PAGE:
Discoveries in Distanced Arts

a fish made of wood and painted in bright colours
brightly coloured painted bird
Rows of gnomes
a womens eyes with face covered by gold cloth

Discoveries in Distanced Arts: The work, wonder, and wear of remote creative programmes.

About the research

Led by Queen Mary University of London and Entelechy Arts, the research is funded by the Arts and Humanities Research Council (AHRC), part of UK Research and Innovation.

Staying Connected is a series of programmes keeping older people in Lewisham (South East London) enjoying creativity and one another’s company, when they’ve not been able to meet in person during 2020 & 2021. It includes programmes led by Entelechy Arts and the Meet Me… programme ​which is run in partnership with the Albany. You can read more about these programmes here.

In this 18 month project, longitudinal research will investigate the impact, or impacts, of Entelechy Arts’ remote programme on older adults’ connection, health, and well-being.

The project team comprises Dr Janelle Jones, Dr Claire Howlin, and Elizabeth Quinn (Queen Mary University of London) and Maddy Mills, Christine Lee and David Slater (Entelechy Arts).

Learning and findings

On Wednesday 24th November 2021, Entelechy Arts hosted a free online event to share learning and practical tips for how to develop remote creative programmes, co-created with older people, based on the first stage of this research project.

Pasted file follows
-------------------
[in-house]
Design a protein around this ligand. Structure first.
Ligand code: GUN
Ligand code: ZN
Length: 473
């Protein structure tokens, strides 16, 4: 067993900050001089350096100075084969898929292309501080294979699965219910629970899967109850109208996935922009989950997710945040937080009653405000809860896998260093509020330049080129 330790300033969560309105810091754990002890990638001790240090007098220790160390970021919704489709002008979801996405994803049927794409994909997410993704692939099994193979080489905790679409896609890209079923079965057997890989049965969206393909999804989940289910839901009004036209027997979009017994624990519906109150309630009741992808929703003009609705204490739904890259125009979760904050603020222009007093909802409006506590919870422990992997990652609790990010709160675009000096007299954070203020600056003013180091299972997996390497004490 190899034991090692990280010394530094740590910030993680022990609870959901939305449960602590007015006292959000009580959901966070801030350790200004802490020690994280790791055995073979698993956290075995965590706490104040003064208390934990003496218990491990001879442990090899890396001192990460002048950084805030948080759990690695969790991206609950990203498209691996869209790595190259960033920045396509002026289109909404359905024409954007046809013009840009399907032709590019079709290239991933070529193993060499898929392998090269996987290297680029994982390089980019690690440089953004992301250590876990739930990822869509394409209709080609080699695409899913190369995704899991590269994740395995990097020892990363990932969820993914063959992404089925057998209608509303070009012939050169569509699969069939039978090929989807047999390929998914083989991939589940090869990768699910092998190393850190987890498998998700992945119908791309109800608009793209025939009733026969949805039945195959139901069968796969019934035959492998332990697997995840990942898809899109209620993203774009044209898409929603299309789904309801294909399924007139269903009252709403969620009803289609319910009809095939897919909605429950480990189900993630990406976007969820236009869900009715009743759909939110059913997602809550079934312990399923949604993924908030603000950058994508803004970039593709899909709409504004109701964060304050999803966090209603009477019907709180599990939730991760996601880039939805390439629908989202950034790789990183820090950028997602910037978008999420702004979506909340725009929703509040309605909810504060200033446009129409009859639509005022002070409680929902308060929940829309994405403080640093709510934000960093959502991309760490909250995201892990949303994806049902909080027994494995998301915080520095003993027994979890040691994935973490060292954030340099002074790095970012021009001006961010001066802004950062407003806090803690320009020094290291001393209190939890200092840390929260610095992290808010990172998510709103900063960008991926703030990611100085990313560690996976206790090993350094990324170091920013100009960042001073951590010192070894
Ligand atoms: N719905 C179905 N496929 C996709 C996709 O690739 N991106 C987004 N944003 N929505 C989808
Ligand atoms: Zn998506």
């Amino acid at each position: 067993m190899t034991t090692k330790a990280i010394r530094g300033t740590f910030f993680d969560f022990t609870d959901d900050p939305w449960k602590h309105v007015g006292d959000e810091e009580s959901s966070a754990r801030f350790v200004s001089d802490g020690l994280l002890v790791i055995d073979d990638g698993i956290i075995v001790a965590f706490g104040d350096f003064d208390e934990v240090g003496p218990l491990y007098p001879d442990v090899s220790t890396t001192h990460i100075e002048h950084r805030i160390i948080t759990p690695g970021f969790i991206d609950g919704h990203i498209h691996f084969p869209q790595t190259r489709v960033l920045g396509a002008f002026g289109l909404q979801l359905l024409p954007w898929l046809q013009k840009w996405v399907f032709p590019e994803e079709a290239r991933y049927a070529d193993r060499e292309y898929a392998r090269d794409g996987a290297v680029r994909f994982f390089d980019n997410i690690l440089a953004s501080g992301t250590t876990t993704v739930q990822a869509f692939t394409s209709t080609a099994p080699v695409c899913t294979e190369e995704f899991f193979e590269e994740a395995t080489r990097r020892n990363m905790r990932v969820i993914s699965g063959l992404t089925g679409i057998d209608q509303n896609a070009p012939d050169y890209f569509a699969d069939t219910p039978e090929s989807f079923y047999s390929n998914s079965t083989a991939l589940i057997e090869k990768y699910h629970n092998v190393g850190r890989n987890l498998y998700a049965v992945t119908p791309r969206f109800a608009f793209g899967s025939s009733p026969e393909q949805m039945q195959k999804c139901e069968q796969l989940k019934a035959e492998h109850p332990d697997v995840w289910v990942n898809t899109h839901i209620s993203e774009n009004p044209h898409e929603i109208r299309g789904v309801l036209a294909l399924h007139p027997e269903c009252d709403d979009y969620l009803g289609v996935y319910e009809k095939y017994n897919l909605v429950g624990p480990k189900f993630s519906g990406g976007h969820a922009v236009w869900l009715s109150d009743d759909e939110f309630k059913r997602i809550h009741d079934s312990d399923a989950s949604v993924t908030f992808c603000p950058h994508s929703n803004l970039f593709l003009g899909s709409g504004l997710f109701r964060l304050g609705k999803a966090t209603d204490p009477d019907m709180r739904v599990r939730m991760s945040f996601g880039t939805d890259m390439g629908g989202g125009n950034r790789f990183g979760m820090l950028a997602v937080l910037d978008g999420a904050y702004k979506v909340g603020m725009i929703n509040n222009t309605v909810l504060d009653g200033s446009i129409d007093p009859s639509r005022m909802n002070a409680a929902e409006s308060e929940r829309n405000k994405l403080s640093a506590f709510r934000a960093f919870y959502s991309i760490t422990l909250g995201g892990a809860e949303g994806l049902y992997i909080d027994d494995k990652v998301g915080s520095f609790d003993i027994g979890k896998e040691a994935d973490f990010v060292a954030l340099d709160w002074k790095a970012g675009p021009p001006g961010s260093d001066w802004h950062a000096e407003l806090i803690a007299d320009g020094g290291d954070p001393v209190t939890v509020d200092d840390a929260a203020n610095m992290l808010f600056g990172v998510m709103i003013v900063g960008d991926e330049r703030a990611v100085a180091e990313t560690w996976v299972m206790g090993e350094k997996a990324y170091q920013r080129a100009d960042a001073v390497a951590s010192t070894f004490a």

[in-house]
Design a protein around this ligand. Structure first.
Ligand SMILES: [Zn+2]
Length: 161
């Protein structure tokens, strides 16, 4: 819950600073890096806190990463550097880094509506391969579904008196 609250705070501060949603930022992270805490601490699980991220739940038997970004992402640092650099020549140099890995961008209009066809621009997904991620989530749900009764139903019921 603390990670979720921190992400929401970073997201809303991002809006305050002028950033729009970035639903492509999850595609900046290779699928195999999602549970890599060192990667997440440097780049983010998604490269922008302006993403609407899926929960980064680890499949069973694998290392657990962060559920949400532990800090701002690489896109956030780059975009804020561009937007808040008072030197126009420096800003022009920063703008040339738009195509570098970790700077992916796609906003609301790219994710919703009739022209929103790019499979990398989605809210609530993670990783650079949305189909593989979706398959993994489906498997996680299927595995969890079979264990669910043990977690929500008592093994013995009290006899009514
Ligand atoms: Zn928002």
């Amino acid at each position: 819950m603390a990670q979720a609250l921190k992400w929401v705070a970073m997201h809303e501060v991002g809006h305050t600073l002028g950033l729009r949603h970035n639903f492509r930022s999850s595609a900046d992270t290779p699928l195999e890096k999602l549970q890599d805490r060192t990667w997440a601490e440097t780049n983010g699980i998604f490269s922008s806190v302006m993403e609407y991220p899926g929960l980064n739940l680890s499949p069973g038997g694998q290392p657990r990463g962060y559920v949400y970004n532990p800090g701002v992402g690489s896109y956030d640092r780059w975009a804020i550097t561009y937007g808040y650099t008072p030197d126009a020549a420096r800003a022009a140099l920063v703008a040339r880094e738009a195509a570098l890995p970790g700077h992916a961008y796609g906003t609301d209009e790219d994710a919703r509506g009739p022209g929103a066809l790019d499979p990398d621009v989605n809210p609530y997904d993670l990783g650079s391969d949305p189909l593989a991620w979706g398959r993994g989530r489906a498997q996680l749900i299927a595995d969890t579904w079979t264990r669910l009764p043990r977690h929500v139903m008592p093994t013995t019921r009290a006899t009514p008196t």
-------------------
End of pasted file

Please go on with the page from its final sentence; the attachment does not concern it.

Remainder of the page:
Insights shared included challenges and successes in the design and delivery of remote program​mes, the wonder and engagement that can be brought to artistic practices through flexibility, and strategies for managing the emotional wear associated with new ways of working.

Below, you can watch the recording of the event and download the report, researched by Queen Mary University of London, containing the key findings we discussed during the event, including:

– The use of group phone calls to deliver parts of the programme known as ‘working clusters’ because many older adults had limited internet and smartphone access.

– Several strategies including check-ins, warm-up exercises, and acknowledgement, were embedded into the weekly remote telephone working clusters to encourage individual contributions and active engagement amongst members (older adults).

– The challenges of remote delivery of programmes by phone, radio, and parcel deliveries changed the nature of the social interactions and the stay-at-home orders increased the level of emotional distress experienced by members and practitioners.

– The potential need for additional support measures for practitioners including hiring well-being support staff, regular check-ins, and weekly group movement sessions for practitioners for sustained delivery of remote programmes.

Download the report

If you would like to give your feedback after watching the recording, please click on this link.

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